Kick off compliance at your startup, NOW

Kick off compliance at your startup, NOW

Success stories of homegrown unicorns have found a spot in management lessons and entrepreneurial aspirations alike. A 2017 CB Insights report suggests that outside the US, India has the second highest number of unicorn startups in the world.

Over the past few years, India has witnessed an unparalleled rise in the growth of startups and has become one of the coveted destinations for starting a business in the world. Efforts of the government to nurture innovation and encourage entrepreneurship have provided an impetus to the ecosystem. The launch of Startup India Action Plan in January 2016 and more recently, the proposed move to set up regulatory regime for VC funds in the Union Budget 2018 have been well-received by the industry. Other announcements pertaining to focus on technology (like artificial intelligence), strengthening of digital infrastructure in rural areas, etc., are likely to provide further stimulus to the ecosystem.

While support by way of providing a robust infrastructure, favourable regulatory regime, or other benefits are much needed, the onus to keep compliance right on track is a priority that startups need to set high in their agenda. Generally, a startup psyche is inclined heavily towards fundraising and break-even, and over a period of time creating a business that can manage cash flows and is ultimately scalable, to go beyond a startup. Little knowledge is a dangerous thing and compliance, more often than not, is wrongly perceived to be restricted to documentation or procedures to make inroads into registering a company, filing returns and other aspects of legal or statutory compliance. Other components of driving compliance, which have a far reaching impact on the survival of any firm, is unfortunately, an oversight.

Pitfalls of Being Non-compliant

This attitude is increasingly being (at least) acknowledged as incongruous to the health of a startup. There have been instances of global startups being slapped with fines by regulators for being non-compliant. In addition to regulatory repercussions, investor confidence is shaken and as the business grows, it becomes difficult to instil a culture of compliance which was missing from the very beginning. Compliance is a must to mitigate risks and complexities of doing business, given the diverse industry and regulatory requirements in India. Needless to say, it is way beyond a “check box” of meeting the requirements of doing business only.

Typical Compliance Requirements for Startups

Lack of adequate knowledge around what constitutes compliance and governance is one of the biggest roadblocks faced by startups. The ambit of compliance surpasses legal or statutory compliance or requirements pertaining to “set up and operate” business only. Compliance must be at the heart of any business, and stay so for as long as the business exists. Practices relating to internal controls and processes, risk management, ethics, etc., are some of crucial aspects in this regard.

Compliance goals in a startup’s prospective journey can be chartered as below. Depending on the industry of operation itself, the transition may be different.
Phase 1: Developing Minimum Viable Product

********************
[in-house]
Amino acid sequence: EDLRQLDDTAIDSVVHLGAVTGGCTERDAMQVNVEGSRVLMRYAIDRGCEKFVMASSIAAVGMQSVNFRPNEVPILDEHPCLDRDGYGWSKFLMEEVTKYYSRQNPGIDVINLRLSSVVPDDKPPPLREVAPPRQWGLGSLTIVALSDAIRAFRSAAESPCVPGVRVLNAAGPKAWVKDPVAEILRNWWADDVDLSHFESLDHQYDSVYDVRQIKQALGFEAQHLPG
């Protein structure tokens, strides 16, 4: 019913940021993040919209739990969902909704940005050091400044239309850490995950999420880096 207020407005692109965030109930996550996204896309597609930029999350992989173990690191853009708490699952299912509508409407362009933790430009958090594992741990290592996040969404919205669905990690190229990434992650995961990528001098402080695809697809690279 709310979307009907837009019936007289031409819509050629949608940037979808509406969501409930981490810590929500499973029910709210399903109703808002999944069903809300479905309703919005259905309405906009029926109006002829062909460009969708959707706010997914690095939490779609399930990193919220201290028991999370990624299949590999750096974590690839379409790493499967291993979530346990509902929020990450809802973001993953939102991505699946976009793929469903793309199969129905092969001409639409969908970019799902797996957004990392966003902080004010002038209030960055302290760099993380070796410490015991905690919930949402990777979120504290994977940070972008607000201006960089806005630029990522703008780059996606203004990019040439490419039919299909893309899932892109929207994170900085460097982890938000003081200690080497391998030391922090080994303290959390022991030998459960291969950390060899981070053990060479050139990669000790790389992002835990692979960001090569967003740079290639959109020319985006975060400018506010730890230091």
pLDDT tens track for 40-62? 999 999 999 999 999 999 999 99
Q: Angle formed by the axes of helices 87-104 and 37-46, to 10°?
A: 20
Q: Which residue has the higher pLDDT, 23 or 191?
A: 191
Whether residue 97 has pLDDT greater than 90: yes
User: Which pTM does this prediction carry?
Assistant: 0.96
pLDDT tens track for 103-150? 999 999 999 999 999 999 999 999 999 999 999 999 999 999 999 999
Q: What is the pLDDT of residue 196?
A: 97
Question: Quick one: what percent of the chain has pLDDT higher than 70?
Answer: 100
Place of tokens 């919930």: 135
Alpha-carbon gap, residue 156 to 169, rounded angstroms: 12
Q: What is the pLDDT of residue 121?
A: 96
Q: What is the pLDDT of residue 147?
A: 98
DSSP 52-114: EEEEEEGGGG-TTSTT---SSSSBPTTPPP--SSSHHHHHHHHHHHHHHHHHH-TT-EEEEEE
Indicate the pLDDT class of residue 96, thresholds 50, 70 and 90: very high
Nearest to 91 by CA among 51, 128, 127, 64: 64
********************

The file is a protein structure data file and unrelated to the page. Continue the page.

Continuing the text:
Often, with investments from friends and family, a team of 3-4 members including the founders, work towards building the Minimum Viable Product (MVP) and strategise subsequent phases of developing the final product. Once MVP is ready, only then startups consider hiring a professional (CA/CS/lawyer) to legalise the entity and protect the intellectual property (if any). Considerable investment in terms of time and money has been put in at this stage, and this calls for establishing a robust compliance foundation as the ethical tone set by the core members is a benchmark for future incumbents and employees.

Compliance Goals: Typically, this phase involves determining the form of business entity like Partnership/Limited Liability Partnership, Corporation or Limited Liability Company, etc. This follows compliance with the Companies Act or LLP Act to file financial statements and returns, audit compliance, carrying out general meetings, board organisation, etc. Further, as applicable procedures to register trademarks, patents, copyrights and other measures to protect intellectual property (IP) are taken.

Phase 2: Seek Investment & Formalise Operations

Once the legal entity is formulated, a due diligence report is presented to investors in the quest for investment. This report focuses on the business model, financial modelling and anticipated growth over time, feasibility tests of the product and echoes market research to assess demand. Businesses which receive requisite funding go on to expand operations and achieve economies of scale over time.

Compliance Goals: Maintaining clear and up to date financial records, Compliance of Reserve Bank of India (RBI) and Foreign Exchange Management Act (FEMA) regulations, Compliance of Income Tax, Goods & Service Tax (GST), Employee State Insurance, Provident Fund, Gratuity, and other applicable corporate and labour laws.

Phase 3: Period of Growth

Successful execution of operations sets the business on an ascending growth path. Investors keep a close watch on bottom line numbers to assess break-even and return on investment and advance strategies for a future exit or continued investment.